The pressure to remain closeted was overwhelming, and so when the ban on open service was lifted, Brad didn’t just come out of the closet: He exploded onstage in high heels and a wig. He was deployed back in the United States at that point, serving in the military by day and transforming into a drag queen by night. He wondered if he’d be able to integrate these two sides of his life—and then, one night, his fellow service members appeared in the audience at his show to cheer for his Moulin Rouge–inspired performance.
Attempting to explain drag to them at work was one thing, he found; but showing them live onstage gave them a new understanding and appreciation, to the point that they nearly started a brawl one night when he lost a drag pageant.
Brad’s just one of the guests I’ve interviewed on my podcast, The Sewers of Paris, where each week I invite a gay man to answer the question: “What’s the entertainment that changed your life?” Some of my guests may be familiar—Dan Savage, Coco Peru, NPR reporter Sonari Glinton—and others are regular folks, from artists to cooks to lawyers to programmers. Recently I reached my 100th guest, and over the span of those episodes a portrait has emerged of the gay experience as told through the books, movies, music, and shows that shape our lives.
Among the stories shared week-to-week, one of the most frequent I hear is of not fitting in. There are an infinite number of ways to be an outsider—as a kid, Peaches Christ performer Joshua Grannell liked to hang out on the beach in full monster makeup, while artist Terry Blas was constantly torn between his Hispanic, Mormon, and gay identities. That feeling of difference is foundational to many personal queer narratives, so it’s no wonder we’re drawn to stories of people who don’t want to fit in.
Joshua Grannell’s life changed when he discovered the work of John Waters, becoming a filmmaker himself and eventually befriending his role model. Terry drew strength from Buffy the Vampire Slayer. Bjork, Tori Amos, and Lena Dunham are all frequently mentioned by Sewers of Paris guests, along with films like My Beautiful Laundrette, My So-Called Life, and The Rocky Horror Picture Show. These are artists and stories of outsiders who revel in the rejection of the mainstream. When queers express their appreciation for these works, it’s a signal of understanding: “I’m weird. You’re weird. We’ve both been there. We understand.”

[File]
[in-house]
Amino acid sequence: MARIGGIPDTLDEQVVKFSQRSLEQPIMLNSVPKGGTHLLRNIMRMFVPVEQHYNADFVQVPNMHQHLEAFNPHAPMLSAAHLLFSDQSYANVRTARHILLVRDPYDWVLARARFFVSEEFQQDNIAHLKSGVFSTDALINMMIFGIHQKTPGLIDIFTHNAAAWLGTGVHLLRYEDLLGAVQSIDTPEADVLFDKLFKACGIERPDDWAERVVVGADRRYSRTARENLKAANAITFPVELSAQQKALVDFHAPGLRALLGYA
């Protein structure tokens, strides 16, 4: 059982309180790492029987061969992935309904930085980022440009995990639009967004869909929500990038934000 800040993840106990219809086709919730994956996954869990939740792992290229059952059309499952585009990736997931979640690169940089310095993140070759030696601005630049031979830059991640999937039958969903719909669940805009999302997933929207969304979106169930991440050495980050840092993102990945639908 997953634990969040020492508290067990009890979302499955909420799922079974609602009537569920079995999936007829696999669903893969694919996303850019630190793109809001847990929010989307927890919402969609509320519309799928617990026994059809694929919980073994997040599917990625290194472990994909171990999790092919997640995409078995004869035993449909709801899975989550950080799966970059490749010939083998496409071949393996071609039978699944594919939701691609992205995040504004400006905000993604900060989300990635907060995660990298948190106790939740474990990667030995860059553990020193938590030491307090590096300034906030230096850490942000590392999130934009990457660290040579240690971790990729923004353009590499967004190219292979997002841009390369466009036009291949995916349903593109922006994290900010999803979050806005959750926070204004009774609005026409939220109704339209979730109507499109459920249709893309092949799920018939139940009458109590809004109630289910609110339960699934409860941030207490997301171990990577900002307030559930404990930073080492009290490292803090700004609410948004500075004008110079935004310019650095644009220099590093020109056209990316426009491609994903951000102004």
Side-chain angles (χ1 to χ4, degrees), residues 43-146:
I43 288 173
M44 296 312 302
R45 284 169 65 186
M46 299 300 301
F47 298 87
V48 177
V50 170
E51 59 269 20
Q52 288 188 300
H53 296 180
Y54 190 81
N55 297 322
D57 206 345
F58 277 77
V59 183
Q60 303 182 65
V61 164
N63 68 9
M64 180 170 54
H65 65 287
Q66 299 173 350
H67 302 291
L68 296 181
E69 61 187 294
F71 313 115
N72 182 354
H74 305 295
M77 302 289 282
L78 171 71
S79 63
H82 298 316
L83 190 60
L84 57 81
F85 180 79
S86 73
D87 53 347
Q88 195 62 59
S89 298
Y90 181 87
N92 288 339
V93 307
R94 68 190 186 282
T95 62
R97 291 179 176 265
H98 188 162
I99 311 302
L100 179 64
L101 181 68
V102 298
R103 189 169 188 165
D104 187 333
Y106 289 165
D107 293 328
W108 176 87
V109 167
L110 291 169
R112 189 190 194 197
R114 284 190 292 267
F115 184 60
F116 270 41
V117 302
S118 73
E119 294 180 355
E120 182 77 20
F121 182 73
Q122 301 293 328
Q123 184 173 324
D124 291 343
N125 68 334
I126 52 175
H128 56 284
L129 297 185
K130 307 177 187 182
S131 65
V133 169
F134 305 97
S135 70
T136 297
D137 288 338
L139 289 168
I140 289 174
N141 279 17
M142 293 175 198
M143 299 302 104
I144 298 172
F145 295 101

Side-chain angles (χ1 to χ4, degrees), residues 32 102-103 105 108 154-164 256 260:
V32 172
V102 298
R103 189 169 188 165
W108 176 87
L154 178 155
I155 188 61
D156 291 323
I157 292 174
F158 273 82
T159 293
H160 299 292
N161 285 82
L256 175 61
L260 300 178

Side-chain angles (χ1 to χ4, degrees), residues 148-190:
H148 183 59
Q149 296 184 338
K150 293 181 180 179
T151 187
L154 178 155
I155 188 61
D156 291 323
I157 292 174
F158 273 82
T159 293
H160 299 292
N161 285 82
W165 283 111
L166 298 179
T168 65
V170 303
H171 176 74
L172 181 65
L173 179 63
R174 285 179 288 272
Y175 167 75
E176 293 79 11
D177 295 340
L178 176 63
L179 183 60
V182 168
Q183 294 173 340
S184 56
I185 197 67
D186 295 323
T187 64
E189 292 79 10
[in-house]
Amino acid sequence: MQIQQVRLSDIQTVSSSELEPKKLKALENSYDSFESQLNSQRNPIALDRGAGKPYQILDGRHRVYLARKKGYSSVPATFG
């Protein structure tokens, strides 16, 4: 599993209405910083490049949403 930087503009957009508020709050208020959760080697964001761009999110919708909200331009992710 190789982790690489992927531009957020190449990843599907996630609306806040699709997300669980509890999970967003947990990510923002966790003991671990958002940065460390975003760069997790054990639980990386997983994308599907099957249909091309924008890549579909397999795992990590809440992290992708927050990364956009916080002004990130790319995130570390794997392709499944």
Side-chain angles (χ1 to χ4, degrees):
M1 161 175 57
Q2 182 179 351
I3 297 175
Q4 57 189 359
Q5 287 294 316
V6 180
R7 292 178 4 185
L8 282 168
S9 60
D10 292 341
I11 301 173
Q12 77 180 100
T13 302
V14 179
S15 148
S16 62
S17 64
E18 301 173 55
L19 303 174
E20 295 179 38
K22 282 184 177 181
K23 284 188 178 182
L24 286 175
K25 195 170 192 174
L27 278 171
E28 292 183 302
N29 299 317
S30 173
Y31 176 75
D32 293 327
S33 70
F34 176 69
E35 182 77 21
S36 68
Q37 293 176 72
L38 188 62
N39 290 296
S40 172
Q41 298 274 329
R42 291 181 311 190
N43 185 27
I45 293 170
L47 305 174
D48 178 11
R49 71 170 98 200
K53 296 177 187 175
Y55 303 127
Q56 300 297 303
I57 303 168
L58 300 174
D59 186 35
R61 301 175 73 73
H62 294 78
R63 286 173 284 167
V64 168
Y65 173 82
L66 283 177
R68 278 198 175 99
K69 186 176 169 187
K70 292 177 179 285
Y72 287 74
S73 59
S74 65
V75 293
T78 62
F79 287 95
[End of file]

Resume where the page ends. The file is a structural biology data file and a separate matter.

Along with that feeling of difference comes heartbreak and pain. Many of my guests found themselves drawn to entertainment that provides reassurance that we’re not all alone, that life and love can be brutal but suffering fades and it's worth it to make yourself vulnerable once again. Movies like Philadelphia, shows like Chess, and the more heartbreaking of Mariah Carey’s songs have all come up on the show. My guest Greg Bloch spoke of the opera Salome as a gateway into cathartic expressions of sadness—and of bonding with other gay opera obsessives.
On another episode, former E! host Steve Kmetko recalled his career hosting countless interviews and red carpet premieres, all the while suffering in a closet alongside a lifetime of baggage and guilt. Since childhood, he identified with Judy Garland’s sadness in Kansas; and after finally coming out in the Advocate, he found acceptance in Hollywood, his version of Oz.